Barry Turner: ‘Come what may, do or die’ — Politics is about results, not personalities

In less than ten days a new Prime Minister will take his place at the lectern outside Number Ten to tell us his vision of the UK post Brexit. After tussling his hair he will flit from profound Churchillian language to that of the school wag and urge us on to be positive and to get our noses to the grindstone of making Brexit a success. No prizes for guessing who that will be then.

He will then have his work cut out in striking a balance between the belligerence of his recent past hard Brexit stance and the realities of having to achieve the most difficult task any Prime Minister has faced since, well since a number of times in recent history really. This will certainly not be easy, but it will not be impossible.

The televised debate between the candidates last week revealed little. Televised debates, a silly show business idea imported from across the pond, never do, but Boris did make one thing clear, he will take no option off the table. This is one thing about which he is consistent — throughout his political career Boris has always hedged his bets because the only thing that really matters is getting to stand at that lectern.

This might be one of those rare occasions where duplicity is a virtue in politics and Boris is a master of that trade. He has assured us that “come what may, do or die” we are leaving on the 31st of October. “Come what may” includes leaving without a deal and even the thinly veiled and hopelessly unrealistic threat of proroguing Parliament. “Do or die” of course includes the option of leaving the EU under the terms of his soon to be predecessor’s deal. Boris will do what suits Boris, and excluding the prorogation option, he is capable of either.

In a recent radio interview Tory grandee and enthusiastic Brexiteer Michael Portillo suggested how Boris could get Mrs May’s deal through the recalcitrant Parliament. While making a point of emphasising that he was no fan of Boris on several occasions during the interview, he postulated that the soon to be PM had certain talents that might work. Boris Johnson is a celebrity and a charmer, hardly characteristics of Mrs May. He may be able to garner sufficient support from pro Brexit Labour MP’s to get the deal through.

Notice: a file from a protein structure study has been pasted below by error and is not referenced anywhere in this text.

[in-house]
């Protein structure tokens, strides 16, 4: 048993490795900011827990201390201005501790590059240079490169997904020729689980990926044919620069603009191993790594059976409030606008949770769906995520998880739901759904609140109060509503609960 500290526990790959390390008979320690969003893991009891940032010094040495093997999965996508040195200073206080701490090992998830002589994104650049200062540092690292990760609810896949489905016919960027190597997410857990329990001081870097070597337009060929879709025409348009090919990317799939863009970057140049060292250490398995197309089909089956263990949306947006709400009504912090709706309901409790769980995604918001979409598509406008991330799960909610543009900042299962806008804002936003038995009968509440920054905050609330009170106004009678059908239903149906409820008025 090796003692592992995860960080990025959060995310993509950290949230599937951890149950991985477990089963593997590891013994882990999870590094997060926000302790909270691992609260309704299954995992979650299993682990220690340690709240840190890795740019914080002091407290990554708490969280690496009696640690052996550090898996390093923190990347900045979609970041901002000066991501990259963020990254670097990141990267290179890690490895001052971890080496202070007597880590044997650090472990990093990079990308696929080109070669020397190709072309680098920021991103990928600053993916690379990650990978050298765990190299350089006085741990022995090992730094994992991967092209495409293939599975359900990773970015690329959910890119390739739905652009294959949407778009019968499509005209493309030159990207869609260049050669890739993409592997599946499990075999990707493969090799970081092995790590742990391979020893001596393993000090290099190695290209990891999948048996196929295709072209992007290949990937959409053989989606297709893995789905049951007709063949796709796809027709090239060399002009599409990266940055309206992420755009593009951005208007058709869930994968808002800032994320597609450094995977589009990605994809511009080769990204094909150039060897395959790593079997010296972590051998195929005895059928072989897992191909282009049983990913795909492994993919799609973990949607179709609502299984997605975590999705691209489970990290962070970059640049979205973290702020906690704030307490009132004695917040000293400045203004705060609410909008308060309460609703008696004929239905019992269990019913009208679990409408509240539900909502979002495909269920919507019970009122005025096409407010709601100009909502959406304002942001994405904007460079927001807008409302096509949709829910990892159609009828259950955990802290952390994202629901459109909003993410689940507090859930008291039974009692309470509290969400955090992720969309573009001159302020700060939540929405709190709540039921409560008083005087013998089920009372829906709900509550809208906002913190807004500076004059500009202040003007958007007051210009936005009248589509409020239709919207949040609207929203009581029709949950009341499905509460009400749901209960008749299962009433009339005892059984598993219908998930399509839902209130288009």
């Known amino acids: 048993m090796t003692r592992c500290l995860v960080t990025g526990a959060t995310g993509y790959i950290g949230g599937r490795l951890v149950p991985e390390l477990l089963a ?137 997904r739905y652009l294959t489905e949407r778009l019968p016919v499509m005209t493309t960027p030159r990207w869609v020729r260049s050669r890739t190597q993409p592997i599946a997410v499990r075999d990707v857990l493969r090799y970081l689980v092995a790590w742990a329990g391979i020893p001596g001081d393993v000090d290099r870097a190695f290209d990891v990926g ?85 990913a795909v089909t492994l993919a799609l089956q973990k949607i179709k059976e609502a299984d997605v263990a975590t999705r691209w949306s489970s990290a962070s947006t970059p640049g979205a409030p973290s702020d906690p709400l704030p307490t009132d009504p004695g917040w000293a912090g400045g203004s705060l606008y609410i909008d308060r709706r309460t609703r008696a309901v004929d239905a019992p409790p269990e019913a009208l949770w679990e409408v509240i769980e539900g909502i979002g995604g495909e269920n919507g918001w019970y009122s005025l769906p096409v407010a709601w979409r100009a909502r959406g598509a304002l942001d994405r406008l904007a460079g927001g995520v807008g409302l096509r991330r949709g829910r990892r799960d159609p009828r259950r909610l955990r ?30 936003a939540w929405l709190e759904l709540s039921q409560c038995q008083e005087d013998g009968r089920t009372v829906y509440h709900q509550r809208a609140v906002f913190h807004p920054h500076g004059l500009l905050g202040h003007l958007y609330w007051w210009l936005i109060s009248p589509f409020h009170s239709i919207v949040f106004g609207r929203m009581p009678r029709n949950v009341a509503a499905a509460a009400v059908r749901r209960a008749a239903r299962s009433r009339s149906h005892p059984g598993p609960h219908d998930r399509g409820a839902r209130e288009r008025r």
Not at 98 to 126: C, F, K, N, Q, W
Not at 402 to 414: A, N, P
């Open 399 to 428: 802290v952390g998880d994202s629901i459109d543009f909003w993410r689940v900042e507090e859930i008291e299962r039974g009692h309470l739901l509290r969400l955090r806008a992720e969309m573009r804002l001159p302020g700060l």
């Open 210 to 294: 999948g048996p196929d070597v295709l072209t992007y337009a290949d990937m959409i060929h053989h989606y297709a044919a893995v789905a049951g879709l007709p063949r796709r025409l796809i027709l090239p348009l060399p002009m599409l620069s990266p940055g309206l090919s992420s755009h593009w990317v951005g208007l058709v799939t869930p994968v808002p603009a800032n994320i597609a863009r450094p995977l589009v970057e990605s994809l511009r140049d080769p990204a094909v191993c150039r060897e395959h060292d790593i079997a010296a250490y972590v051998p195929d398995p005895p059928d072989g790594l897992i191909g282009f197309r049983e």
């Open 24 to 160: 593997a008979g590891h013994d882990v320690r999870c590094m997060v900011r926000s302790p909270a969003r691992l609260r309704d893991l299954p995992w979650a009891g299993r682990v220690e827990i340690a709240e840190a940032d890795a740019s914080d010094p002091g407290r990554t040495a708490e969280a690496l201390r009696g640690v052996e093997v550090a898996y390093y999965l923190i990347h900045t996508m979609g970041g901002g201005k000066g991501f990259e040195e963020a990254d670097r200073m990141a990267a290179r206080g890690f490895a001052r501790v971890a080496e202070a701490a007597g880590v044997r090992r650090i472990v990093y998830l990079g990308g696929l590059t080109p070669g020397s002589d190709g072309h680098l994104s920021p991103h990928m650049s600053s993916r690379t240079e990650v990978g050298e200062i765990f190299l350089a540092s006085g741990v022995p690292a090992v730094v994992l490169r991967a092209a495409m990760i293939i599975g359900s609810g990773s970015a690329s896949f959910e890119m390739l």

“Come what may” we may have the backstop after all. After all, that will take us out of the EU “do or die”. Come what may, the fanatics of the ERG might find that there is no appetite in the party to really risk a general election and a real do or die for the Conservative government. The Labour Party are in no mood and certainly no shape for a general election so there may be more of them on Boris’s side than they might be comfortable with. Faced with doing or dying both parties might be pragmatic.

There will be some who will rebel. There may even be some who resign but it is unlikely. If Boris manages to take us out of the EU, it does not seem likely that any will chose the ‘dying’ option over the ‘doing’.

Like Michael Portillo, your writer is no fan of Boris either, but political fan clubs and personalised politics have no place in a crisis. He might just do it. Politics is about results, not integrity; it is about getting the job done, not loyalty to party or individuals, and Boris is certainly well experienced in that field.

For years we have heard a constant stream of betrayal stories, duplicity stories, lack of integrity stories and personal attacks on the character of all the major players in this momentous series of events, but especially Boris Johnson himself. They were all a pointless distraction. People have rows with their girlfriends all the time. Plenty of the political greats had extra marital affairs. Even those virtually canonised like President Lincoln and Winston Churchill himself were no strangers to duplicity and hypocrisy.

On the 1st November this year the new PM must carry out his “do or die” promise because “come what may” if he does not, he will be the shortest incumbent in Number Ten since George Canning staggered between April and August 1827.
After over three years of Brexit madness, the consequences of that do not bear thinking about.